Namkeen (Salty Crackers)

Happy New Year, friends. I wish each one of you peace, happiness, good health, prosperity, and good eats in 2013!

Some of you asked me to post a recipe for namkeen. Many of my recents posts have been Indian sweets, and that is because I have an insatiable sweet tooth. Namkeen is a snack that most Indian homes make for tea-time. This recipe is easy, and the namkeens are infused with nigella (kalonji), carom (ajwain), and cumin (jeera) seeds giving them a distinctive, and peppery twist.

For Christmas, I used a star shaped pastry cutter to make the namkeens shown in the picture. But you can also cut them in diamond shapes with a karanji or pizza cutter. I hope your namkeens turn out well.

4½ cups all purpose flour
1¼ teaspoon salt
¾ cup oil
½ teaspoon nigella seeds (kalonji)
½ teaspoon carom seeds (ajwain)
½ teaspoon cumin seeds (jeera)
¾ cup water (approximately)
Oil for deep frying

Sift flour, and salt into a large bowl. Make a well in the center of the flour, and salt mixture, and add the oil. In the palm of your hands, lightly crush the nigella, carom and cumin seeds, and add them. Mix the flour, salt, oil, and seeds until the flour is crumbly. Then add water, a little at a time, to make a stiff dough. Cover with a damp towel, and let the dough rest for 20 minutes.

Divide the dough into three parts. Knead each portion again, and make a smooth ball. Roll each ball into a circle that is ¼ inch thick. Cut into diamond shapes. Or, use a small star shaped pastry cutter to cut out little namkeens.

Heat oil in a wok (kadai) over medium-high heat. When you drop the namkeens in the oil they should drop to the bottom of the wok, and come up to the surface of the oil slowly. Each batch that you fry will take at least 10 minutes. Fry the namkeens until they are light brown on both sides. Drain on paper towels, and cool completely before you store them in an airtight container.

Bangalore Vadais

Many years ago I worked in Bangalore, India. My best friend and I lived close to each other so we travelled to work together. On our way back home we had to pass by the vadai man on Mosque Road. There is nothing more intoxicating than the smell of deep fried vadais wafting in the air at 6:30 in the evening. We could not resist the temptation. Hot vadais wrapped in a piece of newspaper never tasted better. It had a crispy exterior and a soft center bursting with a fusion of flavors – onion, garlic, ginger, chilli, mint, cilantro and cinnamon. Those were the good old days when these simple pleasures kept two young girls giggling and happy!

Vadais are often served at tea time and as an accompaniment to a meal. They are made with different types of legumes and lentils. I have used split Bengal gram for these vadais. You will find split Bengal gram at an Indian grocery store. Split Bengal gram is a relative of chickpeas and it is used to make dal and savory dishes. It is also roasted and ground to make Bengal gram flour (besan) which is used to make various sweet and savory Indian dishes. Try this recipe and I hope your vadais and chutney turn out beautifully!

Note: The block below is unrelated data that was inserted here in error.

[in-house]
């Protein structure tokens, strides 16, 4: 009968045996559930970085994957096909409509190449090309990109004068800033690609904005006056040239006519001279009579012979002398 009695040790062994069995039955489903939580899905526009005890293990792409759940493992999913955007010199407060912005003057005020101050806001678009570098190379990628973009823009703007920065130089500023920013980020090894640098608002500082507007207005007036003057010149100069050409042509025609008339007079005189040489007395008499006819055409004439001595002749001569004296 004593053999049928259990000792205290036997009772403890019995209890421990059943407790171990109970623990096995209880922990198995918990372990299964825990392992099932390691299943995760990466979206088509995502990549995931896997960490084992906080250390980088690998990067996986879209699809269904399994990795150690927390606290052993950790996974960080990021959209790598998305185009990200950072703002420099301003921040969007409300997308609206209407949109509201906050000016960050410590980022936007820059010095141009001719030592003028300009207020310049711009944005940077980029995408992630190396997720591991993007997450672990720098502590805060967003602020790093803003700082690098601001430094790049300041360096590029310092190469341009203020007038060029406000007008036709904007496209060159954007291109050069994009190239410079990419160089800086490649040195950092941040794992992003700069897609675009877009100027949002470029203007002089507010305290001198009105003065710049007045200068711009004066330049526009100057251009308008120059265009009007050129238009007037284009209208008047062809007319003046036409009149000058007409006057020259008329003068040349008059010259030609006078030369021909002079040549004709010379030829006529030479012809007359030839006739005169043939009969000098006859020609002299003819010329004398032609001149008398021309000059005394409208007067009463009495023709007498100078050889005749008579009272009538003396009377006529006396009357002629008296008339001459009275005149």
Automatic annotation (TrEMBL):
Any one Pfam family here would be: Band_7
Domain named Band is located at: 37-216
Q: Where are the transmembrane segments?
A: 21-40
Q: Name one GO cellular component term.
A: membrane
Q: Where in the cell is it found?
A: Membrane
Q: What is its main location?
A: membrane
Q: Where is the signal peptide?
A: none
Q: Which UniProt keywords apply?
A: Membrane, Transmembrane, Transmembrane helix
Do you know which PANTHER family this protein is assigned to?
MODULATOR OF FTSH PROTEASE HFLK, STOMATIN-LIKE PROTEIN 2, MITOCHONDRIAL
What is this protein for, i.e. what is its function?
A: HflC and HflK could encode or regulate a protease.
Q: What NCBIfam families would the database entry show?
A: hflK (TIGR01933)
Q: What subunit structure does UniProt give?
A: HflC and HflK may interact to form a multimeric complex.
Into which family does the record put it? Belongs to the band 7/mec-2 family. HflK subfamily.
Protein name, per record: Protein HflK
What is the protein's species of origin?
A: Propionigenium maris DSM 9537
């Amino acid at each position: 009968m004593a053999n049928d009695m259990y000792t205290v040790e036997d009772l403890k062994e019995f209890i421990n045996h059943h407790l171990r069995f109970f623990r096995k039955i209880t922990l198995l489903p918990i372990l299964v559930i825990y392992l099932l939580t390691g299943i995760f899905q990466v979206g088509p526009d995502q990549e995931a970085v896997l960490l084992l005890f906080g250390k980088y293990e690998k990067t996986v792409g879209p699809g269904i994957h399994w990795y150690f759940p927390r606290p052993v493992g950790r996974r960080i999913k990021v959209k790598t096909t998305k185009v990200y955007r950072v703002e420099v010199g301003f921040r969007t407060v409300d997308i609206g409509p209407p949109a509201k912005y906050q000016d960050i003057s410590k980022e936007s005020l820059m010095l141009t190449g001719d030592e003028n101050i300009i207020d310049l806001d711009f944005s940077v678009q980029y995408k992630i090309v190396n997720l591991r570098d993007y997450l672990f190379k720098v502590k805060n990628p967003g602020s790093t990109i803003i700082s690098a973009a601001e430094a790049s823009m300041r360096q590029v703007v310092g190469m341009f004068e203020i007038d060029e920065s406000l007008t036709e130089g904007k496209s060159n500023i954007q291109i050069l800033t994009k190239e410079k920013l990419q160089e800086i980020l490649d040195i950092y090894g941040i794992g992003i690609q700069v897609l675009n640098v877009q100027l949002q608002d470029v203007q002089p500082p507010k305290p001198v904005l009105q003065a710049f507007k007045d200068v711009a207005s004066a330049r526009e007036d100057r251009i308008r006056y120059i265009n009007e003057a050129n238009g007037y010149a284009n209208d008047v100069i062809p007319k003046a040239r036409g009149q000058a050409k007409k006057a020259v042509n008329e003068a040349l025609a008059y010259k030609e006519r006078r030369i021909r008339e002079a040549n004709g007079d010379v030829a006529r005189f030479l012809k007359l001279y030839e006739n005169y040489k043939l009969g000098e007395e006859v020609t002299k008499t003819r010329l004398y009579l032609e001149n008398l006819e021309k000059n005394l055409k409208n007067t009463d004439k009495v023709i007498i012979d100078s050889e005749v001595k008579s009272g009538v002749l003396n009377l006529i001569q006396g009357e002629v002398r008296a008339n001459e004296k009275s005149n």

Bangalore Vadais

2 cups chana dal (split Bengal gram)
2 teaspoons dry red chilli flakes
1 teaspoon cumin seeds
1 teaspoon cinnamon powder
1 cup finely chopped onion
1 tablespoon finely chopped garlic
1 teaspoon finely chopped ginger
½ cup finely chopped cilantro leaves
1 tablespoon finely chopped green chillies
1 tablespoon finely chopped mint leaves
Salt to taste
Oil for deep frying

Wash and soak chana dal overnight. Drain well and remove two tablespoons of dal and set aside. In a blender grind coarsely the dal, chilli flakes, cumin seeds, and cinnamon powder without water. Do this in two batches and it should not be ground to a paste. Remove into a large bowl and add the rest of the ingredients except the oil. Add the two tablespoons of dal that was set aside and mix well.

Heat oil in a wok and keep it on medium-high heat throughout the frying process.

Make balls, using about three tablespoons of the vadai mixture, and flatten each one to about two inches in diameter on the palm of your hand. It helps to wet your palm and finger tips slightly before you form each vadai. Slide each vadai gently into the hot oil. Make four to five vadais at a time. Fry until golden brown on bottom, about three minutes. Turn and continue frying until golden brown on second side, another three minutes. Drain on paper towels. Repeat with the remaining vadai mixture. Serve with cilantro and mint chutney.

For the Cilantro and Mint Chutney

2 cups roughly chopped cilantro leaves
1 cup fresh mint leaves
3-4 green chillies, chopped
½ teaspoon sugar
3 tablespoons fresh lemon juice
1 tablespoon water
Salt to taste

Put all the ingredients in a blender, and purée. Serve with vadais.